In terms of truth, get ready for the real pain. The fundamental flaw in every “Rooney Rule/Affirmative Action” style of initiative stems from the fact they departure completely from Martin Luther King Jr’s. dream of people being judged on the content of their character rather than the color of their skin.
If you doubt that, consider the following. The entire idea of the “Rooney Rule” is simple…it’s all about numbers and not merit. Schefter and his ilk will never admit this, but an institute named for the NFL’s first black head coach does it all the time. The Fritz Pollard Alliance keeps quoting numbers that sound like quotas…things like the 70% of the players in the NFL are black, but the league only has “X” head coaches and “Y” general managers.
I could never understand why that’s supposed to be a solution. First of all, it ignores the fact that the skill set to be a player is not the same for being a coach, much like what’s makes somebody a great coach doesn’t make them a great general manager. That’s why I’m not interested in solving for “X” and “Y”; I think the people holding the jobs of player, coach, and general manager should be the best people. That’s because I believe in content of character…which is the sole of merit.
If you still are taking umbrage with that, please answer the following questions:
The third question is the key to all of this. The NFL has college football for player development, and the skill set to be an NFL player is well-defined. But you cannot say the same about coaches and general managers. The NFL is not a league which develops talent at any level; it poaches it from other places, or worse yet, engages in “sink or swim” on-the-job training. Why do you think the concept of the “coaching tree” exists? Because an NFL team looking to hire somebody for it coaching ranks of the front office has really only two pools from which to choose. They can hire a college guy or they can poach somebody from another NFL team. That’s why you get so many “second-time around” guys because as the cliché says…it’s the devil you know versus the devil you don’t.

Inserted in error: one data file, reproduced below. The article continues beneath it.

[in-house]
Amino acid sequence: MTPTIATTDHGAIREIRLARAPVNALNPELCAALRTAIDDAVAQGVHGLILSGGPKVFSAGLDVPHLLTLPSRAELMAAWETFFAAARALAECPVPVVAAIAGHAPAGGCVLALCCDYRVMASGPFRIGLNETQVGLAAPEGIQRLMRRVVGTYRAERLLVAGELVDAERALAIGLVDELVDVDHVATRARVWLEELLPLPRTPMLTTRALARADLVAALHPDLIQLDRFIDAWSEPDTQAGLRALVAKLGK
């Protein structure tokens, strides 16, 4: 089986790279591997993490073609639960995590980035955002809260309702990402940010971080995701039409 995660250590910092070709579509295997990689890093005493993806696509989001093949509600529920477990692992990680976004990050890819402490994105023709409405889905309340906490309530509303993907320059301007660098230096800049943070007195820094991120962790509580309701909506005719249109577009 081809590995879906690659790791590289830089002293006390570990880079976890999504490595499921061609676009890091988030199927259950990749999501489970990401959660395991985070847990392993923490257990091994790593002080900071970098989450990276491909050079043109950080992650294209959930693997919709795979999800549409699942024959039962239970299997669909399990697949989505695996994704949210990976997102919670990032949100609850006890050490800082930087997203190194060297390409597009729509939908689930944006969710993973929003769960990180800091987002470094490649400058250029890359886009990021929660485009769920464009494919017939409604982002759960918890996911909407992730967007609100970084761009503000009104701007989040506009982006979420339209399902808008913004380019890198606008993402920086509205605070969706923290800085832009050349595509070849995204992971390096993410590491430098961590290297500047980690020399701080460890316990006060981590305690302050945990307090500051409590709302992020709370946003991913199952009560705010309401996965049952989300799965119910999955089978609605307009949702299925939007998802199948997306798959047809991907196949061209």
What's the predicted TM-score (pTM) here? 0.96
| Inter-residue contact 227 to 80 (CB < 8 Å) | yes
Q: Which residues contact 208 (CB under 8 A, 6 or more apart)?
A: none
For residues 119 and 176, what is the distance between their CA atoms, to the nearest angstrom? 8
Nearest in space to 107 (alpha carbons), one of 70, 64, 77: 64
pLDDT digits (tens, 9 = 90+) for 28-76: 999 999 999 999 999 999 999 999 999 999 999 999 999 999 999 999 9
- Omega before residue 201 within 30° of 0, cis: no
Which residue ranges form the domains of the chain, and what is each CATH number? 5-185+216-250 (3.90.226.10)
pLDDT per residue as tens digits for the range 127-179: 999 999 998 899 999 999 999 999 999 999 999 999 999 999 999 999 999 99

To me, that makes it clear where the opportunity is. If the goal is diversity, then the solution lies in the creation of a diverse pool of qualified candidates. If diversity is truly the goal, that should be obvious.
So, why do the Schefters of the world never talk about building mechanisms for developing the skills sets in candidates for the “X” and “Y” jobs? After all, the need becomes even more apparent if you do a bit of “turnabout is fair play” with the “quota” concept. How many coaches and general managers have at least a bachelor’s degree versus how many of the players do?
There’s the key. The NFL needs a change, but it also needs an acceptance of the reality that change is hard, and doesn’t happen overnight. The “Rooney Rule” is an abject failure, largely because it’s the NFL’s version of “affirmative action,” which little more than “Jim Crow” dressed up in 21st century liberalism because it doesn’t eliminate racism…it just shifts the focus.
Adam Schefter can bloviate all he wants, but there’s nothing more embarrassing than the fact he sounds like he would rather defend fighting racism with racism than consider an actual solution.
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I don’t blame Schefter. He’s just a man speaking out of both sides of his mouth just like everyone else employed by that corporation.
Look no further than the majority of NFL ownership to find your real problem.